Umpire Tony Hill signals for a referral during England's Caribbean series
The controversial umpire referral system is in crisis and will not be in place for England's Test series in South Africa, BBC Sport has learned.
An updated version of the TV referral system which was trialled during England's Test tour of the West Indies has been approved for use in all Tests.
It was set to be available to India and Sri Lanka in their current Test series.
But it is believed a stand-off has now emerged between cricket's stakeholders over who will fund the equipment.
BBC cricket correspondent Jonathan Agnew explained that while the England and Wales Cricket Board (ECB) were always against the Umpire Decision Review System (UDRS), the Board of Control for Cricket in India (BCCI) was initially in favour of the review system.
But the Indian board has reportedly changed its mind after their players raised concerns, and Agnew believes Cricket South Africa is likely to follow suit.
The view of the cricket boards is if the ICC want it they must pay for it, while the majority of the players would rather do without it
BBC cricket correspondent Jonathan Agnew
The International Cricket Council announced in June that, following trials at domestic and international level, the UDRS would come into use from October.
Under the updated rules, each side would be allowed two unsuccessful challenges per innings in a system similar to that used in American football and tennis.
"Despite serious reservations from many quarters, the ICC's cricket committee approved the use of technology - including, controversially, the predictive element of Hawk-Eye - starting with the series between India and Sri Lanka," Agnew told BBC Radio 5 live.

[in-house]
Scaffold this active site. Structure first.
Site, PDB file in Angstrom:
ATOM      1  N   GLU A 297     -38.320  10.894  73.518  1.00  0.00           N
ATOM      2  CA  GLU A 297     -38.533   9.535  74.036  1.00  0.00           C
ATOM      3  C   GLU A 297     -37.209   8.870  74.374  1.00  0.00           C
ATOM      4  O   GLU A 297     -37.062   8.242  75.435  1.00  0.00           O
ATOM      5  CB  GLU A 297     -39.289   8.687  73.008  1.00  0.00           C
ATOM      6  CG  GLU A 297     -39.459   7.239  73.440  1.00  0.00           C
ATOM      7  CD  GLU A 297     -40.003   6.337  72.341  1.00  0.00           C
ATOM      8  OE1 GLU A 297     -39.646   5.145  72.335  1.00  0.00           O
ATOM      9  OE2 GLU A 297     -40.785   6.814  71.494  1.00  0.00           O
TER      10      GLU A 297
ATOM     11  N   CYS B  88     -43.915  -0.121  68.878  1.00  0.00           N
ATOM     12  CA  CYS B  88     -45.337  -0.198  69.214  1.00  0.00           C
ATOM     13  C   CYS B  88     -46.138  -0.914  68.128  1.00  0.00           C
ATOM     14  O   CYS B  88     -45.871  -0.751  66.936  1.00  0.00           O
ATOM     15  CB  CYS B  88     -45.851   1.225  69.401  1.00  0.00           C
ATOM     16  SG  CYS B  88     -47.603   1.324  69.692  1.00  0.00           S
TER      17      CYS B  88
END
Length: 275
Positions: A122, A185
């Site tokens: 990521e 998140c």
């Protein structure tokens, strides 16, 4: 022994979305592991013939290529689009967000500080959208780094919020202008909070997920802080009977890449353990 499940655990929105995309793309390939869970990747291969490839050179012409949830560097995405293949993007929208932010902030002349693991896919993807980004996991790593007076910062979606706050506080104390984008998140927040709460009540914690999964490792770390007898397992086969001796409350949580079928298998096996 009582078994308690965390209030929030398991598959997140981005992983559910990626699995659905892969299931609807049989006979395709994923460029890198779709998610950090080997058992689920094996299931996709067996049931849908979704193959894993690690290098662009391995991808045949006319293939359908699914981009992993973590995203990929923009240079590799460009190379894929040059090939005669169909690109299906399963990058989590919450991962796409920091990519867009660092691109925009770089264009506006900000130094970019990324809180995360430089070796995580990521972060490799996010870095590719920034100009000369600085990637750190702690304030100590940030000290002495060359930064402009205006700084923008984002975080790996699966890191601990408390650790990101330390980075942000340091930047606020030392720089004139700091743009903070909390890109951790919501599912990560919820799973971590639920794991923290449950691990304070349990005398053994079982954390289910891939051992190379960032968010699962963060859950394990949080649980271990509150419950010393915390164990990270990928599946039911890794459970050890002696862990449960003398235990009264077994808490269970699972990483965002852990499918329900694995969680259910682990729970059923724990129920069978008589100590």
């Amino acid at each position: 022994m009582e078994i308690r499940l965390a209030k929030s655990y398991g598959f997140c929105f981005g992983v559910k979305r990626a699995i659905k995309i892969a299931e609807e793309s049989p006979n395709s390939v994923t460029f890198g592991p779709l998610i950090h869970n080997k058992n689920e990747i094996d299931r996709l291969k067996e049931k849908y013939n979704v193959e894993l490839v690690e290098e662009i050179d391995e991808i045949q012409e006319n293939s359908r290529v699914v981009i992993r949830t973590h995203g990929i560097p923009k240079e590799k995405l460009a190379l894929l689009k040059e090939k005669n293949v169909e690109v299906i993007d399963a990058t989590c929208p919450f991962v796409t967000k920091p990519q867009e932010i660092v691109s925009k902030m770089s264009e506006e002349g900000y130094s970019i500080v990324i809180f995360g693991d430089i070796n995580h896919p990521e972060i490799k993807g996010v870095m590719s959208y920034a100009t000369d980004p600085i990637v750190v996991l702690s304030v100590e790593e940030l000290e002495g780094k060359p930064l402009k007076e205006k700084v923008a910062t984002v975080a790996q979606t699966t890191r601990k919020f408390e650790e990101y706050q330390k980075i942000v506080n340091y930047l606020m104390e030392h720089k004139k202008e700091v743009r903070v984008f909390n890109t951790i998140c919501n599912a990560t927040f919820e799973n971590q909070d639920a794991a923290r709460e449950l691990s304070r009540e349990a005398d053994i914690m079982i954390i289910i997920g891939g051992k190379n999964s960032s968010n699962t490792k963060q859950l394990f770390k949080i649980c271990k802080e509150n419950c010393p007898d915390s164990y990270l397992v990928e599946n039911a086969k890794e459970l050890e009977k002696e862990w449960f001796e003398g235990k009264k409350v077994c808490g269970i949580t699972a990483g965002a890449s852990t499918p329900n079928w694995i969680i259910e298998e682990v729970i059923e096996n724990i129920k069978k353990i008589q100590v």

"But there's now a stand-off between the boards, the host television companies and the ICC about who will fund the very expensive equipment.
"The Indian board has now rejected the scheme and, as things stand, Cricket South Africa will do the same. The referral system won't be used for the Test series against England.
"The ECB was the only board to vote against the use of technology, which has been pushed through by the ICC despite failing spectacularly in the West Indies earlier this year.
"The view of the cricket boards is if the ICC want it they must pay for it, while the majority of the players, it seems, would rather do without it."
ECB chairman Giles Clarke added: "We weren't keen on the referral system so we voted against it.
"We lost the ICC vote, comprehensively, but we run a democratic world in cricket so we accepted the decision.
"Then the question came of who is going to pay for it. We're not going to. Cricket South Africa don't want to pay and I quite understand why.
"It seems the broadcaster does not want to pay. I don't think the ICC is going to step in but I may be wrong. If no one's going to pay, you can't use it."
The UDRS was designed to let players request that umpire's decisions are reviewed by a third official using TV pictures.
Either the dismissed batsman or the fielding captain can call for a review by making a "T" symbol with his forearms.
Despite an unsuccessful experiment in English county cricket's Friends Provident Trophy in 2007, the review system was first trialled during a series between Sri Lanka and India in the summer of 2008 - with Sri Lanka's Tillakaratne Dilshan becoming the first player to successfully appeal against a decision.
The experiment was also used in several other series - although for the West Indies versus England series in 2009, the number of unsuccessful challenges permitted was reduced from three to two.
"I'm excited that the committee concluded the Umpire Decision Review System had a positive effect on the game," ICC chief executive Haroon Lorgat said in June.
"It reduced the number of incorrect decisions and also cut down on instances of player dissent."
Hawk-Eye (measuring the trajectory of the ball until the point of impact with bat, pad or batsman), ultra-slow motion cameras and "Hot Spot" were among the expensive devices experimented with during the ICC's trials - although the predictive element of Hawk-Eye has not yet been used in Tests.